Where or When
Tracks: My Romance; Where or When; L-O-V-E; Watch What Happens; I've Grown Accustomed to Her Face; Wonderland; I'll Be Around; This Can't Be Love; Avalon; My Foolish Heart; More Than You Know; Teach Me Tonight; My Funny Valentine.
Personnel: Brent Wallarab: co-leader, conductor, arranger, trombone; Mark Buselli: co-leader, trumpet, flugelhorn; Jeff Conrad: trumpet, flugelhorn; Mike Stricklin: alto, soprano sax, flute; Rob Dixon: tenor sax; Tom Meyer: baritone sax, bass clarinet; Loy Hetrick: trombone; Richard Dole: bass trombone; Celeste Holler-Seraphinoff: horn; Luke Gillespie: piano; Jack Helsley: bass; Bryson Kern, Deno Sanders: drums; Everett Greene, Cynthia Layne: vocals.
Swing Can Really Hang You Up the Most
Tracks: Captain Perfect; Just Feelin' So Blue; Trollin' for Thadpoles; Lookin' for the Back Door; Samba de Elencia; Brief Encounter; Ballad for Gary; A Final Farewell; A Pair of Threes; Spring Can Really Hang You Up the Most.
Personnel: Alf Clausen: composer, arranger, conductor; Gary Grant, Charley Davis, Warren Luening, Chuck Findley, Bob Summers: trumpet, flugelhorn; Dan Higgins: alto, soprano sax, flute, piccolo; Brian Scanlon: alto, soprano sax, flute; Bob Sheppard, Terry Harrington: tenor sax, clarinet, flute; Bob Efford: baritone sax, bass clarinet, flute; Bob Payne, Andy Martin, Bob McChesney: trombone; Alan Kaplan: bass trombone; Mike Lang: piano; Ken Wild: bass; Bernie Dressel: drums; Lenny Castro (5, 8, 10): Latin percussion.
Tracks: Take the "A" Train; It Had to Be You; Almost Like Being in Love; Someone to Watch Over Me; Honeysuckle Rose; Shiny Stockings; Li'l Darlin'; Little Brown Jug; It Might as Well Be Spring; Summertime; Georgia.
Personnel: J.B. Scott, Jim Malmgren, Tommy Osborne, Ace Martin, Jim Justice: trumpet; Don Zentz, Nat Michelson, Bill Prince, Rob Chapman, Joe Yorio, Kim Yorio: reeds; Clarence Hines, Marc Dickman, Bill Hazlett, Chris Creswell, Charlie Propper: trombone; Doug Matthews: piano; James Hogan: guitar; Farris Nix: bass; Clyde Connor: drums; Lisa Kelly: vocals.
Swinging Europe 2008
Tracks: Two Circles; Iyosaii; The 14th Voyage; Progression; Sky Lift; Kvapraba; Tanzlied.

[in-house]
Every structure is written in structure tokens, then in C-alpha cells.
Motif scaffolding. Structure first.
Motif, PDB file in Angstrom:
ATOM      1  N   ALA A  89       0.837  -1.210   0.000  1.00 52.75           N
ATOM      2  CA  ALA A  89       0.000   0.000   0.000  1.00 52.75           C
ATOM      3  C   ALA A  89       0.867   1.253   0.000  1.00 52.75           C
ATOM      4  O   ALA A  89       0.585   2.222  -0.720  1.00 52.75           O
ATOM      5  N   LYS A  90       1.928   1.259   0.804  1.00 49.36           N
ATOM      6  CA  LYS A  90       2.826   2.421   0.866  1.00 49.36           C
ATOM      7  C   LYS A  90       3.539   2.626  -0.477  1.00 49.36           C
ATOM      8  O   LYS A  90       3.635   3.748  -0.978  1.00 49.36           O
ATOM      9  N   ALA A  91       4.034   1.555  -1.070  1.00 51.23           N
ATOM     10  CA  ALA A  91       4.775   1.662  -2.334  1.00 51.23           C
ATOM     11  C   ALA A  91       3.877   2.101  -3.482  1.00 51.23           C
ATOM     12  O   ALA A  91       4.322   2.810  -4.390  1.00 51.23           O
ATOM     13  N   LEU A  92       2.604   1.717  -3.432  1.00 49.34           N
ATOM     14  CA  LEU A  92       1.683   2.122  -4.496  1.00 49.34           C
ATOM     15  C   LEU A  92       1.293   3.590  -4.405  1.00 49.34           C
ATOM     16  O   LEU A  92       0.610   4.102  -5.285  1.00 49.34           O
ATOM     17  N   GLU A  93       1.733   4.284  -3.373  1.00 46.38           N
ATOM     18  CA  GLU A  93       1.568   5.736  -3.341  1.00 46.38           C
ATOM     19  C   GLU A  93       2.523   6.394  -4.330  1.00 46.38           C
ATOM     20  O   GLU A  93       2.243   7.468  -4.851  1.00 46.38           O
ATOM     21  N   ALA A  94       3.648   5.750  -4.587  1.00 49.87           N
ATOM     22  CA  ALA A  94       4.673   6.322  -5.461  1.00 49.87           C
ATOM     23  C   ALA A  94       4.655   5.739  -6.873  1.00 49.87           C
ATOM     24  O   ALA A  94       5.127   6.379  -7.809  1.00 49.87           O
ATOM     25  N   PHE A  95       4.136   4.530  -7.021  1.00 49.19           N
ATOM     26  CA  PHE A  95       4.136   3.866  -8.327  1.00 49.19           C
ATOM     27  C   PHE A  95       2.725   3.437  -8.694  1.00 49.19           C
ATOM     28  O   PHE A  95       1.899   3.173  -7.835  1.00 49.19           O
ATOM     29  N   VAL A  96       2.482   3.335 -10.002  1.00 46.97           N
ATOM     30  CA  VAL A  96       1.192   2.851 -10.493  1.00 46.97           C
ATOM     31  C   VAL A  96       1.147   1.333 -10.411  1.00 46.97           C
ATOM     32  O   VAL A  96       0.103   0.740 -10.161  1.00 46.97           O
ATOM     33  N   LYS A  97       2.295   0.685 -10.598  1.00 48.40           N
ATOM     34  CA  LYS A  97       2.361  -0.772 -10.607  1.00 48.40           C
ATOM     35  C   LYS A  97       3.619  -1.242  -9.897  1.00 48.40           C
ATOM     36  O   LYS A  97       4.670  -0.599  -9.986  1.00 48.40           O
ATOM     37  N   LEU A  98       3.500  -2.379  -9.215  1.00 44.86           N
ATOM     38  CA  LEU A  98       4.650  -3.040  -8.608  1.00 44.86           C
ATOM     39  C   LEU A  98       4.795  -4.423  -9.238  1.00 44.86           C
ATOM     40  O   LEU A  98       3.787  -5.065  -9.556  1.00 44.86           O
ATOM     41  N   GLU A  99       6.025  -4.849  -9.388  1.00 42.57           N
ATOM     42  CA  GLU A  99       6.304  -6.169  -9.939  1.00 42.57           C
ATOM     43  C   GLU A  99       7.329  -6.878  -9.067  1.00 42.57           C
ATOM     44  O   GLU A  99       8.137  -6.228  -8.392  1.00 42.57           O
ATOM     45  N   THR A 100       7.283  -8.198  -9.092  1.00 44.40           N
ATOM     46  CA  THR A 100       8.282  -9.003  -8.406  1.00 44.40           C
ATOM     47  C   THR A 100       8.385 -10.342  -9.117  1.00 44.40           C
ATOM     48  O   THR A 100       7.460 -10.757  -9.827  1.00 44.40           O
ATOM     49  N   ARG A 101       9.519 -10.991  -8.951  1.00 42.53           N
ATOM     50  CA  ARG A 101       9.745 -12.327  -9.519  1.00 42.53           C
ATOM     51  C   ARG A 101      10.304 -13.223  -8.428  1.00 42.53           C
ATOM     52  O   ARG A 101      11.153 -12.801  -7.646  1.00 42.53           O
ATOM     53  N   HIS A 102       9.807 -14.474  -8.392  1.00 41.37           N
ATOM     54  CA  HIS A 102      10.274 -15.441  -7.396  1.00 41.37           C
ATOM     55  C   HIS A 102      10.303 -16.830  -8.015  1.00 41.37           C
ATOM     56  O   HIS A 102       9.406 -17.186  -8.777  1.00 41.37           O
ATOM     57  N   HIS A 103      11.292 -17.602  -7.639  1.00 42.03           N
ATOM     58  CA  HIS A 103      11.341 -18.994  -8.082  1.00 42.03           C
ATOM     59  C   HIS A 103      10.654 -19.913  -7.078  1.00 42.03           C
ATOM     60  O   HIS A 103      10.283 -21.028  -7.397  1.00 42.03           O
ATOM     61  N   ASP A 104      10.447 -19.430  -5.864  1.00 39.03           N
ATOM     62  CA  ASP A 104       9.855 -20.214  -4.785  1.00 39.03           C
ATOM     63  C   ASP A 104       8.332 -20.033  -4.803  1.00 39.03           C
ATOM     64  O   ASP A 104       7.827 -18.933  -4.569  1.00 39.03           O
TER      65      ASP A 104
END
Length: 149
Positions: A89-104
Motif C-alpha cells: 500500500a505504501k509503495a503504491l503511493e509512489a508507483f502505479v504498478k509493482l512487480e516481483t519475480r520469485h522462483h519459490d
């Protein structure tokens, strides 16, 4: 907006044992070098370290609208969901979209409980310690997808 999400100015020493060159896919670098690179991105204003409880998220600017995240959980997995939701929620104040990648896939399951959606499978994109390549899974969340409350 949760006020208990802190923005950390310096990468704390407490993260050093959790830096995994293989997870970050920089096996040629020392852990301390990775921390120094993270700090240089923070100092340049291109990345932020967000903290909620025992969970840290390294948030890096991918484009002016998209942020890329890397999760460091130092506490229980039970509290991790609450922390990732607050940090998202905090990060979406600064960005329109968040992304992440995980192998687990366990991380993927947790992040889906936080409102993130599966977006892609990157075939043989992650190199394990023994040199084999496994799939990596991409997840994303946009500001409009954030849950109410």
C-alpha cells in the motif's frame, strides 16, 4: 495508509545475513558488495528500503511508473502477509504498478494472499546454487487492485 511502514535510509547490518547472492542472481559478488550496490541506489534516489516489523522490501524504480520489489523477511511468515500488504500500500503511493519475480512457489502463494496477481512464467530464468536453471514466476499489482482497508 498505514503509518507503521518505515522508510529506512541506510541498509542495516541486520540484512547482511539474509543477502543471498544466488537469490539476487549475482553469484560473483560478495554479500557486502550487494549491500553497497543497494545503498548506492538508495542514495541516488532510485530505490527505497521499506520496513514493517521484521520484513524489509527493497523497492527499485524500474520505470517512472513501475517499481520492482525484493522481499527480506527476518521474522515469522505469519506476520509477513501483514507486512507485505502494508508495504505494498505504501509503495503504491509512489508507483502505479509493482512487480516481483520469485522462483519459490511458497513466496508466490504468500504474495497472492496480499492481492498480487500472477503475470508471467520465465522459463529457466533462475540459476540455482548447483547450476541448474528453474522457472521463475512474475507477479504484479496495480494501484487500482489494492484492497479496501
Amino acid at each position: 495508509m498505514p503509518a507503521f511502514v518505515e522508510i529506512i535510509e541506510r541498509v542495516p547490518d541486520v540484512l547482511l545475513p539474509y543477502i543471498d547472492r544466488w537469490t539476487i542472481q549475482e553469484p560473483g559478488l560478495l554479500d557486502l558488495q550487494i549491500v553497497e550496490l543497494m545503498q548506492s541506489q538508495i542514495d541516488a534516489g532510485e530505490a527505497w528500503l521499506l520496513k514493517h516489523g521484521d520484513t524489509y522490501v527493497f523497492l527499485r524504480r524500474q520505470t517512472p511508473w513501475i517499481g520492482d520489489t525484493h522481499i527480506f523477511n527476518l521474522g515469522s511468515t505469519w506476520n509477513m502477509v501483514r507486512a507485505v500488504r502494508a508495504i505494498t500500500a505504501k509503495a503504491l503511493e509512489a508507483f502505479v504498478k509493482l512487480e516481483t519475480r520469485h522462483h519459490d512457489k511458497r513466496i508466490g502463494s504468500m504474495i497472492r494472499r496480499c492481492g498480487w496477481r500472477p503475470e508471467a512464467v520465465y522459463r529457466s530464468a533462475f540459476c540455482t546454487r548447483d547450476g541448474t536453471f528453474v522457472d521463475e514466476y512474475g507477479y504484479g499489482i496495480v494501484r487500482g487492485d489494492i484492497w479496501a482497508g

Personnel: Niels Klein: composer, arranger, conductor; Christoph Moschberger, Elvind Nordset Lonning, Konstantins Jemeljanovs: trumpet; Tara Davidson, Petr Kalfus: alto sax; Kristian Brink, Jure Pukl: tenor sax; Kasper Wagner: baritone sax; Fidel Fourneyron, Adreas Tschopp, Antonis Andreou: trombone; Bernhard Neumaier: bass trombone; Quentin Liegois: guitar; Alexandru Racovitza: piano; Robert Landfermann: bass; Matt Jacobson: drums.
The Great Soloists 1945-1958
Tracks: Blue Flame; Red Top; The Good Earth; Northwest Passage; Four Brothers; Tiny's Blues; The Goof and I; Yucca; Keeper of the Flame; Not Really the Blues; Stardust; Apple Honey; Sonny Speaks; More Moon; Mother Goose Jumps; Sleepy Serenade; Medley: Moonglow / You've Got Me Crying Again; Autobahn Blues; Moten Swing; I Cried for You; Woodchoppers Ball; Apple Honey; Blue Prelude.
Personnel: Woody Herman: leader, conductor, alto sax, clarinet, vocals. Other personnel unlisted.
Time Was . . .
Tracks: Overture / Sing, Sing, Sing; Pennsylvania 6-5000; Anything Goes; Take the "A" Train; Stardust; Rum and Coca-Cola; A String of Pearls; Over the Rainbow; Shiny Stockings.
Personnel: Robert Slack: director; James De La Garza, Gino Munoz, Jason Basoco, Max Shanter, Mauricio Centeno: trumpet; Dan Silva, Steve Judkins, Jason Powell, Wade Watkins, Derryk Ludwing: woodwinds; Brad Pey, Doug Reid, Mike Ditta, Mike Howden, Tim Younghans: trombone; Allen Everman: piano; Corey McCormick: guitar, banjo; Darren Plies: bass; George Bryant, Ken McGrath (7): drums; Joe Cheek: drums (2), percussion; Johnny Everman: drums (5), percussion; Nathan Campbell, Ronn Kaufmann: French horn; Pavel Farkas, Yarda Kettner, Nicole Bush, Gail Cruz Farkas, Robert Peterson, Zheng Wang: violin; Ray Tischer, Jing Yu-Lou: viola; John Acosta, Kevin Plunkett: cello.